Jacob deGrom is leaving behind a lasting legacy for himself. The question is, which legacy will that ultimately be? Will it be that of dominant pitcher, or will he be remembered as someone plagued by recurring injuries, constantly sidelined throughout his career? Better question currently is, what's next after the shocking Tommy John diagnosis he received today?

On Tuesday the Texas Rangers announced that the two-time Cy Young award winner would be undergoing Tommy John surgery to repair a tear in his ulnar collateral ligament. It will be deGrom's second Tommy John procedure of his career, with this being the second time deGrom has undergone procedure in his career. His first procedure took place in October 2010 when he was coming up as a minor leaguer with the New York Mets.

Of course, this type of surgery will put deGrom out for the rest of the 2023 season, and possibly well into next season.

From dominant to deflated

For as dominant of a player that deGrom has been throughout his career, his greatest opponent has been himself, specifically, his health. He hasn't started more than 15 games since 2019. Over the last three seasons, and not accounting for the 2020 pandemic season, deGrom has only played in a total of 32 games. Starting from 2014 through 2019, deGrom averaged 30.5 games per season. He also won back-to-back Cy Young Awards in 2018 and 2019, pitching over 200 innings in each campaign with a 1.70 ERA in the former and a 2.43 mark in the latter.

His career has been nothing but a constant start-and-stop; victory and defeat. Every time he starts to gain a little momentum, like he was beginning to with his new Rangers team this season, it all comes to a striking halt. This time, hearing the worst news any pitcher wants to hear, with a Tommy John diagnosis.

What's next for deGrom?

What's next for Jacob deGrom and how can he recover from yet another devastating setback? The 34-year-old just signed a record deal with the Rangers in the offseason, five-years, $185 million. However, it does include a Tommy John clause with a sixth-year club option worth between $20 and $37 million, dependent on award voting and inning totals. But would the Rangers even want to exercise that option if and when the time comes? It wouldn't be surprising if they have a bit of buyer's remorse right now.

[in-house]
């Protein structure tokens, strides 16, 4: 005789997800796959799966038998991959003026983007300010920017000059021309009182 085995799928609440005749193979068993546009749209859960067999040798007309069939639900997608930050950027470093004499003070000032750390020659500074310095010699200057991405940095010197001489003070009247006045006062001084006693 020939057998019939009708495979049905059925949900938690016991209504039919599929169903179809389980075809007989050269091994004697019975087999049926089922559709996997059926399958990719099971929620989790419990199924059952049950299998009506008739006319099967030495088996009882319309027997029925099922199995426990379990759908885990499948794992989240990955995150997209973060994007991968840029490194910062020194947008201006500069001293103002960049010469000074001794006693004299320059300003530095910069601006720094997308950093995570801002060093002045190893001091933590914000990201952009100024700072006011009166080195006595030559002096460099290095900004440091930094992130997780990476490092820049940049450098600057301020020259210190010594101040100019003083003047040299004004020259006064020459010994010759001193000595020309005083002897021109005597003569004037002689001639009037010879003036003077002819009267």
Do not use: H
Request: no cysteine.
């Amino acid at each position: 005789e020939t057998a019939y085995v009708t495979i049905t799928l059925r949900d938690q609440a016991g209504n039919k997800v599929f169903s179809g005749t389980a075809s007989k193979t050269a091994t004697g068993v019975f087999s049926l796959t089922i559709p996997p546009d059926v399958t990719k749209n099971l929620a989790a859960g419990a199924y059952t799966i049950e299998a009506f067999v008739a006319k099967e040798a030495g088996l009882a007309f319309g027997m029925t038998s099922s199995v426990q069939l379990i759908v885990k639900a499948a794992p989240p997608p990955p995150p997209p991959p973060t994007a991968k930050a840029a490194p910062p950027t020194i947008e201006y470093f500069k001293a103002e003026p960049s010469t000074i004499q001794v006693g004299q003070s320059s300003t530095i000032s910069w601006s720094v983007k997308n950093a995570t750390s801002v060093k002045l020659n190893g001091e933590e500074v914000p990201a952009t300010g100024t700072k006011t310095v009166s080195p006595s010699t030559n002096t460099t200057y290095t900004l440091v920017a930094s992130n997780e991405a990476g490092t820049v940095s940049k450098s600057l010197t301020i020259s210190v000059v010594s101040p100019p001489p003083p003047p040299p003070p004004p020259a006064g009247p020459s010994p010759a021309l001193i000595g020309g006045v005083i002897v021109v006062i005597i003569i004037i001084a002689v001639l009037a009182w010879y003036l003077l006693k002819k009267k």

Typically, a second Tommy John surgery involves a more extensive rehabilitation process and carries higher inherent risks compared to the initial surgery. With that being said, can deGrom even fully recover to any sort of resemblance to his dominating form he's shown in the past?

Even if deGrom wants to get back before the end of next season, there's no way the Rangers, or deGrom for that matter, should risk putting him back on the mound that quickly. This is a player that essentially needs a “fragile” label on his jersey instead of a sponsorship or team logo. The earliest that deGrom should touch a mound is spring training in 2025… maybe. But even then, the Rangers would need to find a way to get deGrom plenty of reps, possibly in the minors for a bit to reinsure his health.

A new role for deGrom

By the time deGrom returns, he could be nearing 36. With his long history of repeated injuries and the Rangers attempting to maximize every bit of the $185 million they spent for him, would it be out of the realm of possibility for them to consider him in a new role?

Hall of Fame pitcher John Smoltz is considered one of the greatest pitchers of all-time but earned those accolades by beginning his career as a starting pitcher and moving later on as a closer. It was due to a troublesome elbow that Smoltz had to have surgery in 2000. The Atlanta Braves weren't sure if Smoltz could withstand working close to 200 innings a year any longer as a starter, so they moved him into the closer role where he finished his career with 154 saves.

It wouldn't be the worst of ideas if deGrom took on a role much like what Smoltz did at the end of his career. It would certainly take a lot of the strain and pressure off that comes with being a starting pitcher, mentally and physically. deGrom has the ability to use any number of his pitches effectively, but in the closer role, he could definitely take advantage of his 99mph four-seam fastball, along with his 92mph slider, even mixing in his changeup if he needed to.

The biggest hurdle Jacob deGrom simply has to get through right now is getting and staying healthy, though. That's his priority. The Rangers priority, however, needs to be seeking ways to continue their hot streak, getting back to the playoffs without their ace.